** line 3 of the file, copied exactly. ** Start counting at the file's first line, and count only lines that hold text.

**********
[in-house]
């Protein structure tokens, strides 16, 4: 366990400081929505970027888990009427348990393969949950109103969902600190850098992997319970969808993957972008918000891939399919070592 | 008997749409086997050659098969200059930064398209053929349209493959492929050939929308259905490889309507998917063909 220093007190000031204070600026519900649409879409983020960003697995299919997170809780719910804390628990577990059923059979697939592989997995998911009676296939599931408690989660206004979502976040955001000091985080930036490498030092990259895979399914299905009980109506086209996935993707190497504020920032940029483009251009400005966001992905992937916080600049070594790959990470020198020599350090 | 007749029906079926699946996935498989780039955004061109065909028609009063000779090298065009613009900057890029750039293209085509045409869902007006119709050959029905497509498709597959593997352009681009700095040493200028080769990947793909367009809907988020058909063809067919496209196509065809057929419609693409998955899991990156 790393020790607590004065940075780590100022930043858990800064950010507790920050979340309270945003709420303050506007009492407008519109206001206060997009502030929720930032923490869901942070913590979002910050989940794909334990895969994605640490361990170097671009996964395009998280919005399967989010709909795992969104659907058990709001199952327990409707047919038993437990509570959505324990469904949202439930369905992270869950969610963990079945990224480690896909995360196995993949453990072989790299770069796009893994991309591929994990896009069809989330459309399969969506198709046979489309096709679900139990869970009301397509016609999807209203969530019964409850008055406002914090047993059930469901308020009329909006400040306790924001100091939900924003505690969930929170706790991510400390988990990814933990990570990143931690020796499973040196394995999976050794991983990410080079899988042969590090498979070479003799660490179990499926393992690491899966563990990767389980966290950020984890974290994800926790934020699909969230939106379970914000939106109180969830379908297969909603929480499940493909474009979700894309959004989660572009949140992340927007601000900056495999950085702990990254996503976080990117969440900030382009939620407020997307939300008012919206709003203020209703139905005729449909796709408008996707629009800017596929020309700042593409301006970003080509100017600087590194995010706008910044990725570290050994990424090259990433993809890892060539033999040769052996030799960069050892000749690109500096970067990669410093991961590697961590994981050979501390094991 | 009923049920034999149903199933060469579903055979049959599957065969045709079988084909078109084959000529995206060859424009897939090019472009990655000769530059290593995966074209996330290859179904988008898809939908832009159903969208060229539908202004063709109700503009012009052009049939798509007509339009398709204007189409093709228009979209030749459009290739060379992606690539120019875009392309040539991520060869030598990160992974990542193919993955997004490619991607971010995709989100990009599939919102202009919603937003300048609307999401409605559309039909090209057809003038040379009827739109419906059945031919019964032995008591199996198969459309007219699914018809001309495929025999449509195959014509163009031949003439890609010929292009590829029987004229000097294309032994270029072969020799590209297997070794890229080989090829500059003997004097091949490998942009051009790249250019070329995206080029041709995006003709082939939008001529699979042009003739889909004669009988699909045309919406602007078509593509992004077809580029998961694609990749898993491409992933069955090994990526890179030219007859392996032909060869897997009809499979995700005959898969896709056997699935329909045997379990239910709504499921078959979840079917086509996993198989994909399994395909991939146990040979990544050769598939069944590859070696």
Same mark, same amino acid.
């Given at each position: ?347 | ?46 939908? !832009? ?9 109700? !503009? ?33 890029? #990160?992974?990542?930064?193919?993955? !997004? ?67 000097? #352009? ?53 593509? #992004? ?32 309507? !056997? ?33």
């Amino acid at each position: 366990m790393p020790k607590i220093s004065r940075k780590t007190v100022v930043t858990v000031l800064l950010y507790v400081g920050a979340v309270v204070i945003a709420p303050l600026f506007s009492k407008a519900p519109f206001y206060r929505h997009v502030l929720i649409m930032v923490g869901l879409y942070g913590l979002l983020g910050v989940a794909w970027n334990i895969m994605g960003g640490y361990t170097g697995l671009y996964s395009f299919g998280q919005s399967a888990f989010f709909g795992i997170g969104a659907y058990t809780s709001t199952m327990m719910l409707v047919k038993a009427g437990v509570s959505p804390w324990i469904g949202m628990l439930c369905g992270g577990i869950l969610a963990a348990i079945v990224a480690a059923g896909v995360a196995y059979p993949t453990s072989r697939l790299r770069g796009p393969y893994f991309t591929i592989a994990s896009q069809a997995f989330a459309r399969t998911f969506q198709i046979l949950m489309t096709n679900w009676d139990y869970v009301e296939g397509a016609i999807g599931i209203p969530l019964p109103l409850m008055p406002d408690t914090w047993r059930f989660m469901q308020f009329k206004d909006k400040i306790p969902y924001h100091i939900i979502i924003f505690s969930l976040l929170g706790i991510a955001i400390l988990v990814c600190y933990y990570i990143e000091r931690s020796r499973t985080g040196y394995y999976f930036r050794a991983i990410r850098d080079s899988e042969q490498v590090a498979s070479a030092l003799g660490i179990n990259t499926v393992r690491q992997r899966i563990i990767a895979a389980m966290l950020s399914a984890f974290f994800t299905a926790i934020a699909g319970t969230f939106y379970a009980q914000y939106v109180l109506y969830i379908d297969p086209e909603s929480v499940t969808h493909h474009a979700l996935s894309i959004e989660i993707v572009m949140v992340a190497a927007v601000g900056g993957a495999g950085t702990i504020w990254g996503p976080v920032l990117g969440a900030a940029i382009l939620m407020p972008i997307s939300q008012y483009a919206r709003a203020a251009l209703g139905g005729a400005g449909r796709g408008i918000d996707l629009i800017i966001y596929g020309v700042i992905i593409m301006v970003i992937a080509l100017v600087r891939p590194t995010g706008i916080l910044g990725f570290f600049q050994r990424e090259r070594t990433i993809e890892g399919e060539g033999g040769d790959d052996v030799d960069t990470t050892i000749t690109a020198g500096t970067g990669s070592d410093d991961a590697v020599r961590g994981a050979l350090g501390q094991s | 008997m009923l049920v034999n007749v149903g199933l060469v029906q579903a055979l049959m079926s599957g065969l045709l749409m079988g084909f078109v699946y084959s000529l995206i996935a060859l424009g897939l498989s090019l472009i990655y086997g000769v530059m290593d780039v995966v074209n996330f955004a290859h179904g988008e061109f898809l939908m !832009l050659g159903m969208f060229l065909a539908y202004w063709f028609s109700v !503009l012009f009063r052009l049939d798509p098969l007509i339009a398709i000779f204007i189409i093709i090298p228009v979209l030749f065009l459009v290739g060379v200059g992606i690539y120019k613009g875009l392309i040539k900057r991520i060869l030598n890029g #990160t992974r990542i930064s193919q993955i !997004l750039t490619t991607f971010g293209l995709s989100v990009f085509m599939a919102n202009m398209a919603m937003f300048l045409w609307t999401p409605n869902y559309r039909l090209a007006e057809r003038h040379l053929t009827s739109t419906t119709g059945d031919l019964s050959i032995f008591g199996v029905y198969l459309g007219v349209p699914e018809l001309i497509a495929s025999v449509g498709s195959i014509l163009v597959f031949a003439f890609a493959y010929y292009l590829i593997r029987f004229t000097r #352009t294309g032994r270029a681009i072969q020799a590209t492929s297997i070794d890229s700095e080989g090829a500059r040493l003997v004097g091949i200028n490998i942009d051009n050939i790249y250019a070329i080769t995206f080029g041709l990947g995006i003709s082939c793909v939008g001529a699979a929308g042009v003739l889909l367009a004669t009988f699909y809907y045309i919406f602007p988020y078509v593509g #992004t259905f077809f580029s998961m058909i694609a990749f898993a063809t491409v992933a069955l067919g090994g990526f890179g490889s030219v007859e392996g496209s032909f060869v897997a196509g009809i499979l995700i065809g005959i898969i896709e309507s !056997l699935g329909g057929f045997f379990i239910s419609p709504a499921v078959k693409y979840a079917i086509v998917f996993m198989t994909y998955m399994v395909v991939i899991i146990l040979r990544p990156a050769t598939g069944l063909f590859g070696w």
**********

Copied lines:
Same mark, same amino acid.